How are genomesâ€”and the chromosomes that comprise themâ€”organized in the eukaryotic nucleus? This long-standing question in cell biology has gained renewed interest due to observations that gene regulation is correlated with the nonrandom distribution of gene loci linearly along chromosomes and spatially within the nucleus. We have used an in vitro model of cellular differentiation to test the hypothesis that there is an inherent organization of the genome related to coordinate gene regulation. Our analysis reveals that during the differentiation of a murine hematopoietic (blood-forming cell) progenitor to derived cell types, co-regulated genes have a marked tendency to be proximal along chromosomes in the form of clusters (of two and three genes) and large-scale domains. Overall gene expression is also spatially proximal, with a pronounced concentration in the nuclear center. The chromosomes themselves parallel this organization of gene activity, with chromosome territories localizing primarily in the interior of the nucleus. Surprisingly, we found that homologous chromosomes have a tendency to be associated, the extent of which is related to the number of co-regulated genes residing on the particular chromosome. Furthermore, individual gene domains display lineage-specific proximity according to their co-regulation. Our study supports the idea that the eukaryotic nucleus is broadly organizedâ€”with proximity playing a key roleâ€”to facilitate coordinated gene regulation during cellular differentiation.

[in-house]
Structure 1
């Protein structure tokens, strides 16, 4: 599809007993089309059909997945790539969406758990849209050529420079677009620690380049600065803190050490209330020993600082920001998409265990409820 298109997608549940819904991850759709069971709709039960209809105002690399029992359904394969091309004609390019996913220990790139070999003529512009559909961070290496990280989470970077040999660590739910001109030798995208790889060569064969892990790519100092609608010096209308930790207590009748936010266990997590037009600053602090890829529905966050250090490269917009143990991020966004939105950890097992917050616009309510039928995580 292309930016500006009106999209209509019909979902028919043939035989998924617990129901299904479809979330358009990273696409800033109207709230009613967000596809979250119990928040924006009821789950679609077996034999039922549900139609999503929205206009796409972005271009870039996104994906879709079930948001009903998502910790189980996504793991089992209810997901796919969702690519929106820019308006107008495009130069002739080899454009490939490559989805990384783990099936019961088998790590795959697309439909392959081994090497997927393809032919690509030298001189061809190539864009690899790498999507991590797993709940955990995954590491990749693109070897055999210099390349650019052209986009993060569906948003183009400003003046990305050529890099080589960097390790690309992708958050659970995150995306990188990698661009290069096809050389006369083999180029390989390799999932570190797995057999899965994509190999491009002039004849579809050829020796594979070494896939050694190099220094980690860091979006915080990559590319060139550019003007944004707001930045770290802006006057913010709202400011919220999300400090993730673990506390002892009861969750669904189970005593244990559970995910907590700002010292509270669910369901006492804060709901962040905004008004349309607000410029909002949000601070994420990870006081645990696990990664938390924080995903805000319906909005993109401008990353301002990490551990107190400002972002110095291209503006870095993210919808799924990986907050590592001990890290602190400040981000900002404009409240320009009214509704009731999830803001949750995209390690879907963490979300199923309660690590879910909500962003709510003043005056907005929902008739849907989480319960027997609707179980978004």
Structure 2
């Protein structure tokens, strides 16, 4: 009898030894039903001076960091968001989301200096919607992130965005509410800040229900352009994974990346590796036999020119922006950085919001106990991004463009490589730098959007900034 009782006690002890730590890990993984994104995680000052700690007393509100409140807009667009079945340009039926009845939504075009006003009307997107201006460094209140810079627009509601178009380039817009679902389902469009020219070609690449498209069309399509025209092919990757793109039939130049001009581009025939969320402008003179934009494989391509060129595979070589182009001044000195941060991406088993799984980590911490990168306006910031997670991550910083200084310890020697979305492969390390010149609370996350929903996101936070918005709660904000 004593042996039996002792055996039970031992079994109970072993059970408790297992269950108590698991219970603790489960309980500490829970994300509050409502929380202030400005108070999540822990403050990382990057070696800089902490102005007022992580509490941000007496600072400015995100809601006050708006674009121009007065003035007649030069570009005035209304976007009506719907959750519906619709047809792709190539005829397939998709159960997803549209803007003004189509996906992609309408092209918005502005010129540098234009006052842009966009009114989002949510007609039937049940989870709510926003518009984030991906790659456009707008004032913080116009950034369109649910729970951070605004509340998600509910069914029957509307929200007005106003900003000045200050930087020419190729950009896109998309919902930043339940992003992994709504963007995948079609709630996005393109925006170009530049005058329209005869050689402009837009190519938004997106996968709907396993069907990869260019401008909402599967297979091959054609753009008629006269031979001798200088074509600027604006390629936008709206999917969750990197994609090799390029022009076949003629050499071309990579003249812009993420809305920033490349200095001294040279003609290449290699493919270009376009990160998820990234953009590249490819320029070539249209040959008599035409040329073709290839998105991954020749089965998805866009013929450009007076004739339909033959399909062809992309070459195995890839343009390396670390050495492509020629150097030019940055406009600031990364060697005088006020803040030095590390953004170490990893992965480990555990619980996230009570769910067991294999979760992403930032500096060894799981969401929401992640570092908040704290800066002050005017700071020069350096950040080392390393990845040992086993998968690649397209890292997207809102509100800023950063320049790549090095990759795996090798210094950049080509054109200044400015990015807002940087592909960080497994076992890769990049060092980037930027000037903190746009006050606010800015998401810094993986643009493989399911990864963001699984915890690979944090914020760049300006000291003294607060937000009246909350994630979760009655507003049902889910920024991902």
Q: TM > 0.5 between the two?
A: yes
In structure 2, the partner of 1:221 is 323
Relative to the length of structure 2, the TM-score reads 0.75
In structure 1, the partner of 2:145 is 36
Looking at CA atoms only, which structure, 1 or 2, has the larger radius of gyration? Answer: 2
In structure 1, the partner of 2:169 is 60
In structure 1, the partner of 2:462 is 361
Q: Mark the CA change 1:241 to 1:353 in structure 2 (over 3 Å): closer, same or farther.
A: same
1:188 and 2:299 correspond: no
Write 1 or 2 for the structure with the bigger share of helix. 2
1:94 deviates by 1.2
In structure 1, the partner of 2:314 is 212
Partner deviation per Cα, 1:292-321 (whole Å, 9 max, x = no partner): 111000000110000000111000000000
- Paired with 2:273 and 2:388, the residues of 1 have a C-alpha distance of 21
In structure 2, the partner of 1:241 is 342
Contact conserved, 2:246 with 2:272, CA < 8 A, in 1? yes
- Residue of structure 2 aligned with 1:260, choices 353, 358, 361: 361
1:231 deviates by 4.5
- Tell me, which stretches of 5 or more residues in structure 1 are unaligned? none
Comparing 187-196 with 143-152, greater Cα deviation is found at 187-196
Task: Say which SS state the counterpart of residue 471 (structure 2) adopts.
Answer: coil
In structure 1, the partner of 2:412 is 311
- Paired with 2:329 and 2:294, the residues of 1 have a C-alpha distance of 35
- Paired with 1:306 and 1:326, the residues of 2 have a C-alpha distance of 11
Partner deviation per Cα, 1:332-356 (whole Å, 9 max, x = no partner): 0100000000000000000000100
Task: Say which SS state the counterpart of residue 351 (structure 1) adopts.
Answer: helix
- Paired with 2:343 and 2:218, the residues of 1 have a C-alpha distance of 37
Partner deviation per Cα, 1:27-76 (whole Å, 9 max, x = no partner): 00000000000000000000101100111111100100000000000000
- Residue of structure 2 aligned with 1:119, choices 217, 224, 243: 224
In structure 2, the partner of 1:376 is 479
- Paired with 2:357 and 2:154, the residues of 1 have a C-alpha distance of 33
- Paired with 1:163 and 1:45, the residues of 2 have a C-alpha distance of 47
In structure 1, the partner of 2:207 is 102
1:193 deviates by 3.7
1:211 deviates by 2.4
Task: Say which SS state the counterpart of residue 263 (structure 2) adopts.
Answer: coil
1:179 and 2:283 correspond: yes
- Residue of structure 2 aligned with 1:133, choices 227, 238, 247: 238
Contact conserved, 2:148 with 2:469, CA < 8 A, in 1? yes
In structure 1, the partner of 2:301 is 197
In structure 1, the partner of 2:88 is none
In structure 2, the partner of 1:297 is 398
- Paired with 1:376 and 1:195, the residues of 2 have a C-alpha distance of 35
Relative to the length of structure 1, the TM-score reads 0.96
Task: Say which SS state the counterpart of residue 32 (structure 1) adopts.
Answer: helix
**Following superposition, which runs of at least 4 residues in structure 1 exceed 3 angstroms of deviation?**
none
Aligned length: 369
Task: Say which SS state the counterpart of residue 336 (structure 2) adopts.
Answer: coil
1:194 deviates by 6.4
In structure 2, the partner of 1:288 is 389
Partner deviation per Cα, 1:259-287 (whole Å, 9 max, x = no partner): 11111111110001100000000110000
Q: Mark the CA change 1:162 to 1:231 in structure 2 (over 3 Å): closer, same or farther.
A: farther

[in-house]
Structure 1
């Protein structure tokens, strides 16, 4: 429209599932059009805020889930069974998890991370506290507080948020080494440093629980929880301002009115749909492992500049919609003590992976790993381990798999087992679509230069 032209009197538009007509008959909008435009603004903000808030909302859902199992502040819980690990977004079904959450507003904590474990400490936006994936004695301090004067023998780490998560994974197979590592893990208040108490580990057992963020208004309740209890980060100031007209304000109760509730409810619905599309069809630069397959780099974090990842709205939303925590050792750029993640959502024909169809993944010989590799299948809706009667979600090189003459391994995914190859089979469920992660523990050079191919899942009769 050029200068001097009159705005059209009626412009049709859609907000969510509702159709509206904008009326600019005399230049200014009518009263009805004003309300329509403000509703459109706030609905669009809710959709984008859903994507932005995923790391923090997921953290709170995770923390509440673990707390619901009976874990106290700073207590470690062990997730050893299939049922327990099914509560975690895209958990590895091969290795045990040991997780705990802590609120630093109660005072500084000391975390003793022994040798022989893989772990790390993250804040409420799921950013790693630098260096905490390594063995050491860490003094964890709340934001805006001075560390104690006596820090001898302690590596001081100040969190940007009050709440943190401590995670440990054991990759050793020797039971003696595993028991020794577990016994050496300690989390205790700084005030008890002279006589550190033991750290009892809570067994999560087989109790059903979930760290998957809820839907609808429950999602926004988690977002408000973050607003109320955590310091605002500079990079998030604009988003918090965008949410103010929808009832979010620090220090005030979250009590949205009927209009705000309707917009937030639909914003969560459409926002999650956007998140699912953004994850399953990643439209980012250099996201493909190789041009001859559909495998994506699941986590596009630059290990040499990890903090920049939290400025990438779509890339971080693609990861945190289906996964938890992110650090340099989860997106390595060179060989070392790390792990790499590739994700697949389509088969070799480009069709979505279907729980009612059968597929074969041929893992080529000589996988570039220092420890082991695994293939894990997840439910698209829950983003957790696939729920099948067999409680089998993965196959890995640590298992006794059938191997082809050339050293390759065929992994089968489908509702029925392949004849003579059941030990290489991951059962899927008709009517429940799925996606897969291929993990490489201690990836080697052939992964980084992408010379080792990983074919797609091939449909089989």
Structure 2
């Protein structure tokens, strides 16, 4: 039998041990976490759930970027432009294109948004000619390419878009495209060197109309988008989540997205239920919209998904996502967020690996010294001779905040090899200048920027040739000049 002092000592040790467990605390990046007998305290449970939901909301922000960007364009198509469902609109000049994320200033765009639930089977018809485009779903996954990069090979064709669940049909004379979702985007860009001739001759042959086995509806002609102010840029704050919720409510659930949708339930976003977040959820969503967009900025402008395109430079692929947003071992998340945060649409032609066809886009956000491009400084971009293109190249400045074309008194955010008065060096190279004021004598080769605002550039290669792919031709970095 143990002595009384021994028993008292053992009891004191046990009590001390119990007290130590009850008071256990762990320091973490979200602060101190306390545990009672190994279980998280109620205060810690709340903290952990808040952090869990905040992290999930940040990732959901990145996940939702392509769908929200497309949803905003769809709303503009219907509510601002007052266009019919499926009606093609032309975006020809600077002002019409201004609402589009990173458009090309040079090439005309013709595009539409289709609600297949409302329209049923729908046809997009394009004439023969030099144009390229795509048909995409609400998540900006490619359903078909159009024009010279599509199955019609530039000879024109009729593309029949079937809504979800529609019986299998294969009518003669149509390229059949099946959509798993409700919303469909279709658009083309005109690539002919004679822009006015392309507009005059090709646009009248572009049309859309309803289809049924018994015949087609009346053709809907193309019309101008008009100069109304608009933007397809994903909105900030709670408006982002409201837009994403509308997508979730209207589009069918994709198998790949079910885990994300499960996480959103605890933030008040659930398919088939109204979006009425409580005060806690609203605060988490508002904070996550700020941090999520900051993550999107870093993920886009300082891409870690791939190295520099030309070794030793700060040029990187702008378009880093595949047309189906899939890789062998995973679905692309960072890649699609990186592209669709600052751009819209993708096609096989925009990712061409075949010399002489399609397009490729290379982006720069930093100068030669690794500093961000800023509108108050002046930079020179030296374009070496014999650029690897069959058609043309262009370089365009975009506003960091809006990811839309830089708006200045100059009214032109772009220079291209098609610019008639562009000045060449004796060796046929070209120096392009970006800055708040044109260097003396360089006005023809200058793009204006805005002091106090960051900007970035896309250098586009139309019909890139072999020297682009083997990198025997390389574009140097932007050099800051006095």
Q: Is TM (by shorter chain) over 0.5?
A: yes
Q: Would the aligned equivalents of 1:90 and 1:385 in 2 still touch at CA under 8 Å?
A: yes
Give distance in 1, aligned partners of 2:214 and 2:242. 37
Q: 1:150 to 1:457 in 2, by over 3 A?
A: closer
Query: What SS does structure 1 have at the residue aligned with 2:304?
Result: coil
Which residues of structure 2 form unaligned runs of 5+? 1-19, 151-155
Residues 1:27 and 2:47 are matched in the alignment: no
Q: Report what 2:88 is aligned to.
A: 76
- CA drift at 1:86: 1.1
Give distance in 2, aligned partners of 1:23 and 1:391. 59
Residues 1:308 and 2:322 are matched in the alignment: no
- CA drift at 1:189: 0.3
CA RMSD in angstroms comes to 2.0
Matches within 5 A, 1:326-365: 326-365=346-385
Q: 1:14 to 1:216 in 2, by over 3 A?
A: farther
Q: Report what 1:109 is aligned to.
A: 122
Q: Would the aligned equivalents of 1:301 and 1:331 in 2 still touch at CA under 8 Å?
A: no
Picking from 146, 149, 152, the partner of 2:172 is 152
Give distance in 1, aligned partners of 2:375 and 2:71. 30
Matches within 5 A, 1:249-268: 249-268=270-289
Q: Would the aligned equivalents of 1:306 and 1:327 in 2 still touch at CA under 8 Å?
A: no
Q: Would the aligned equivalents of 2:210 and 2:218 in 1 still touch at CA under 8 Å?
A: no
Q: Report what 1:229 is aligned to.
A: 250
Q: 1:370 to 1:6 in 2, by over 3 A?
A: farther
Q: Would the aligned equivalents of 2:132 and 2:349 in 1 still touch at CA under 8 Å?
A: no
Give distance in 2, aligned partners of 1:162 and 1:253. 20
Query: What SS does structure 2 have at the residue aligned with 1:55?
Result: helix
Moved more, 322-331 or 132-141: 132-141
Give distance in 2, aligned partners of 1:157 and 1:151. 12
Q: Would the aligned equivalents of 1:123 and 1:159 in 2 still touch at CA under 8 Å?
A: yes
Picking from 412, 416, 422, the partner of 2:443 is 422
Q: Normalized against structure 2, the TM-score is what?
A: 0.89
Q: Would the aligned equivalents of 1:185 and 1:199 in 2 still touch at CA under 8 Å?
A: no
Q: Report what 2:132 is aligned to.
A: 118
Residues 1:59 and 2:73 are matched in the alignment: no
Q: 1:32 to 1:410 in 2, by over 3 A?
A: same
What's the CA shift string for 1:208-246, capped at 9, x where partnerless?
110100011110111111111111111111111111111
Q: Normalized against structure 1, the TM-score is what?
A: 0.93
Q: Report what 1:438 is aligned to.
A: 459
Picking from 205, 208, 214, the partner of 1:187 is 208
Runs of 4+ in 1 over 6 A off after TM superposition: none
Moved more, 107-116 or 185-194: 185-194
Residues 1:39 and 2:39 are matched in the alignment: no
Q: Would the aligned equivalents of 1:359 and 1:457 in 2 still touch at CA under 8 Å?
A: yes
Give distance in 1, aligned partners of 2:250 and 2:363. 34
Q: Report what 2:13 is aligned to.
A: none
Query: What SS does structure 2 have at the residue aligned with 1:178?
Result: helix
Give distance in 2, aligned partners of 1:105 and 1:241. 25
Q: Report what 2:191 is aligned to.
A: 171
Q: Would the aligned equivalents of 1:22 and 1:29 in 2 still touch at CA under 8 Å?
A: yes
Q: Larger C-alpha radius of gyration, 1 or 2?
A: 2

Received: July 10, 2006; Accepted: September 25, 2007; Published: November 20, 2007